Understanding phosphorus and its connection to algal blooms

Reducing the flow of phosphorus into our lakes is one of the top priorities of Clean Lakes Alliance. Just one pound of this element can create 500 pounds of wet algae!

We know this formula now, but it took a long time for scientists to conclude that phosphorus is the main culprit of algal blooms. While a couple nutrients are responsible for algae growth, we now have concrete scientific evidence to prove that reducing phosphorus runoff is necessary for cleaner lakes. This evidence now serves as a guide to policy-making and shapes the way we view our relationship with lakes.

Cyanobacteria bloom at James Madison Park in Madison
Cyanobacteria bloom at James Madison Park in Madison

Our current understanding of phosphorus in lakes began in 1968 in Ontario, Canada. Throughout the 1960s, the United States and Canada experienced a large increase of algae blooms in the Great Lakes. The blooms caused ecological and economic damage to both countries. Without conclusive evidence as to the cause, strategies for solving the problem remained elusive. That is why the government of Canada established the Experimental Lake Area (ELA), tasking Dr. John Reubec Vallentyne with leading an investigation to try to discover some answers.

Experimental Lake Area Studies

The ELA included 46 pristine lakes that had never been exposed to significant human-caused stress. Studying water samples taken from the lakes could not account for external factors, such as the atmosphere or surrounding forests, that might be linked to algal growth. Therefore, ELA scientists decided to intentionally pollute these lakes. Scientists introduced different ratios of suspected algae-producing ingredients (carbon, nitrogen, phosphorus) to evaluate their response.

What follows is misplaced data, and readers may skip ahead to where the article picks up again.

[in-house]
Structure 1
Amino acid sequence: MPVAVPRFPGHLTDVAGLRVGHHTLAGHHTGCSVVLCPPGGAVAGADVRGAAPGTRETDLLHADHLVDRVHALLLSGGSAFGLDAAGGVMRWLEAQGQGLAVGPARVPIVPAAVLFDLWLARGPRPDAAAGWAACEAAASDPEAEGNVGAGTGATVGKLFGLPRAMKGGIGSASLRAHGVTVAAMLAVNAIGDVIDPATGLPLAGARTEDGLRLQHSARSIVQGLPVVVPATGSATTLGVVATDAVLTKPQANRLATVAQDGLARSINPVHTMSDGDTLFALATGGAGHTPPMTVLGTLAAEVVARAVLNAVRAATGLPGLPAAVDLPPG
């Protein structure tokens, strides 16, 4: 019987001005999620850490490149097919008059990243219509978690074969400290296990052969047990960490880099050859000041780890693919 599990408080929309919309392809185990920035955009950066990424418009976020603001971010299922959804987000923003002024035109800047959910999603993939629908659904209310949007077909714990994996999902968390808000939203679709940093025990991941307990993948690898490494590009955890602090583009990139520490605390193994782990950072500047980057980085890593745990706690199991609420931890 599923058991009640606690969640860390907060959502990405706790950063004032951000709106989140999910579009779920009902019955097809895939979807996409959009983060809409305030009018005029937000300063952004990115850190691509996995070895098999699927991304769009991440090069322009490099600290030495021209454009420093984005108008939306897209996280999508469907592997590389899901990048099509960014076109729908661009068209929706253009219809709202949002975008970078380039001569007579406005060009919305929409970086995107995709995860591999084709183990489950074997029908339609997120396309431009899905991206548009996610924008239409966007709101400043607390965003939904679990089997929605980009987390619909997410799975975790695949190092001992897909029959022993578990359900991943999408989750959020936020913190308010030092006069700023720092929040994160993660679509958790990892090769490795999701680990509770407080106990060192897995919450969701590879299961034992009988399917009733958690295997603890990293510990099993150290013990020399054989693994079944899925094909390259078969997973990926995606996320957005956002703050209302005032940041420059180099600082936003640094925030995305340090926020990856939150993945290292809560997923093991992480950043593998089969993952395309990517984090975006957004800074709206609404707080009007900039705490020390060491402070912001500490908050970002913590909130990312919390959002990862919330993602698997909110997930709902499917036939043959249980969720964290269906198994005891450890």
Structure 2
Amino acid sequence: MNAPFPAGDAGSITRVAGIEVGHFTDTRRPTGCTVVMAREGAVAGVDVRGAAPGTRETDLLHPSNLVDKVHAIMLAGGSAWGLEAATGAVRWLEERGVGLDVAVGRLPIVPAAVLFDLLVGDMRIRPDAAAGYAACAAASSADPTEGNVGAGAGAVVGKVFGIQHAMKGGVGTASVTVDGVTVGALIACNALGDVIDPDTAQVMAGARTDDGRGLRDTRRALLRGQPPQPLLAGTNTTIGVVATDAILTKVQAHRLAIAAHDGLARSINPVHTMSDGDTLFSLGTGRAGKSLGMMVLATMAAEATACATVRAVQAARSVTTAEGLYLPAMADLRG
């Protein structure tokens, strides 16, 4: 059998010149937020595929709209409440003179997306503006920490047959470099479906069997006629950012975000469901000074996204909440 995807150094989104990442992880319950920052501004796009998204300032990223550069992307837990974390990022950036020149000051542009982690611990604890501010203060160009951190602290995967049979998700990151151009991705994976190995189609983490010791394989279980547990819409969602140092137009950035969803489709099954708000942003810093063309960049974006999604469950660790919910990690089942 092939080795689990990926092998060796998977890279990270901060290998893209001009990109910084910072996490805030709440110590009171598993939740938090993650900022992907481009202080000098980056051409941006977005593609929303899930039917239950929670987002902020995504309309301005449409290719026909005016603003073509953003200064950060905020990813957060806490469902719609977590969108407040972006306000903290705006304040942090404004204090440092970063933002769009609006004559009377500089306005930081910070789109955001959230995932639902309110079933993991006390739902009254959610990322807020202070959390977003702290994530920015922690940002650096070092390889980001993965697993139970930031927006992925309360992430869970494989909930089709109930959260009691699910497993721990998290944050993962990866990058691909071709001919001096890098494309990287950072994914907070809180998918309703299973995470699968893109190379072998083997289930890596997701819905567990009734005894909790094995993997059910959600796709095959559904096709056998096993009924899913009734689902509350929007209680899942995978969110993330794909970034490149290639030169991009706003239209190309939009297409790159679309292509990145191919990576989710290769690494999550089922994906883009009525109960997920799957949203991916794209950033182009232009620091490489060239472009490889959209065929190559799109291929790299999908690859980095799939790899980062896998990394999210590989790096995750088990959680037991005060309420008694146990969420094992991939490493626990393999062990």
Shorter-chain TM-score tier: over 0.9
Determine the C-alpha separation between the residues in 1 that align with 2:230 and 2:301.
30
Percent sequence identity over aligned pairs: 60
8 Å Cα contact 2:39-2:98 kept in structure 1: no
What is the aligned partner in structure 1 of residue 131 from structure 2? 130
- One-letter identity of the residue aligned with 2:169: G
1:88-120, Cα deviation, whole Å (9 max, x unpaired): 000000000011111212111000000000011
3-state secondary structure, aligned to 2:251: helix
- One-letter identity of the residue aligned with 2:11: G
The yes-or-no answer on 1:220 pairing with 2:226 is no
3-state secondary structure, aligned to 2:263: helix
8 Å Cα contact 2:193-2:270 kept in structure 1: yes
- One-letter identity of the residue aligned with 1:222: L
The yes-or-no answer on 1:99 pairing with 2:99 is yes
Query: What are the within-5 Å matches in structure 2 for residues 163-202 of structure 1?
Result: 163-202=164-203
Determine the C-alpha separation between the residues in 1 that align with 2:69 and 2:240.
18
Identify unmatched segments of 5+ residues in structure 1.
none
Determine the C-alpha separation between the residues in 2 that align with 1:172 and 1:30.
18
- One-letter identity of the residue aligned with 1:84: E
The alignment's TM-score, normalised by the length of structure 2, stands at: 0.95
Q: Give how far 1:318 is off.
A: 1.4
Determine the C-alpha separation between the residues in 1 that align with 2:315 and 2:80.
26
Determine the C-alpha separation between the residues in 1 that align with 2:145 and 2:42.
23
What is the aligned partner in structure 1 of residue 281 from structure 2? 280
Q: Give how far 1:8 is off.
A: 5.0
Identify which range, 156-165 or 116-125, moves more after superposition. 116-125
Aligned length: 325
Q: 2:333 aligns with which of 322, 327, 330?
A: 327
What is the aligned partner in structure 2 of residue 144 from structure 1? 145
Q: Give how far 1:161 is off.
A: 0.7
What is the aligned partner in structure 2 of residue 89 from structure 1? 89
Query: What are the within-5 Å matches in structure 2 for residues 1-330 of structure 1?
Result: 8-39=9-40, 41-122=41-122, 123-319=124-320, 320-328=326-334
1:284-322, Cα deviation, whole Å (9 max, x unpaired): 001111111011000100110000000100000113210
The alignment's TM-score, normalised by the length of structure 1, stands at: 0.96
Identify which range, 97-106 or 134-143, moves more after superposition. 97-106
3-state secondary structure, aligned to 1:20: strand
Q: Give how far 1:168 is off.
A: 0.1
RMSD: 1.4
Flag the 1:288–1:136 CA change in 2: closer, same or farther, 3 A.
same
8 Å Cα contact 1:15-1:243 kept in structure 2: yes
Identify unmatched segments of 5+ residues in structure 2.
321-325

Experimental Lakes Area in Canada - Scientists studied the effects of a portion of a lake loaded with phosphorus, compared to a side of a lake without the element added.
Experimental Lakes Area in Canada

Lake 226 was one of the first lakes to provide evidence of phosphorus as the primary cause of algae blooms. The study divided the lake into two test basins separated by an impermeable barrier. Scientists loaded one half of the lake with phosphorus, carbon, and nitrogen. The other basin received just carbon and nitrogen. Within weeks, it was obvious that the side of the lake with the phosphorus had significantly more algae than the side without the element.

Interpreting the Results

With some biological rationale, Dr. Vallentyne and his team were able to reason that phosphorus was the largest contributing factor leading to the observed algal blooms. Algae needs carbon, nitrogen, and phosphorus in a certain ratio to grow. When one of these necessary ingredients is in short supply, it is referred to as a limiting factor.

The cyanobacteria (blue-green algae) that was able to grow on Lake 226 could pull in carbon and nitrogen from the atmosphere, but couldn’t do so with phosphorus. Because only the portion of the lake that received phosphorus generated algal blooms, scientists could conclude that phosphorus was the limiting factor. This means that it is the addition of phosphorus to lakes that creates the nutrient ratio necessary to grow algae.

Lake 226 - Phosphorus added to one side of the lake fueled cyanobacteria growth
Lake 226 – Phosphorus added to one side of the lake fueled cyanobacteria growth

Scientific and cultural legacy

This kind of scientific exploration has helped the public, local governments, and organizations, such as Clean Lakes Alliance, make more effective decisions in regards to lakes. The ELA has published hundreds of studies informing and inspiring politicians to become stronger advocates for healthy waters across the continent. In 2014, the International Institute for Sustainable Development (IISD) took control of the ELA. To this day, the IISD studies a broad range of topics such as lakes, microplastics, and climate change.

Read more about the International Institute for Sustainable Development.

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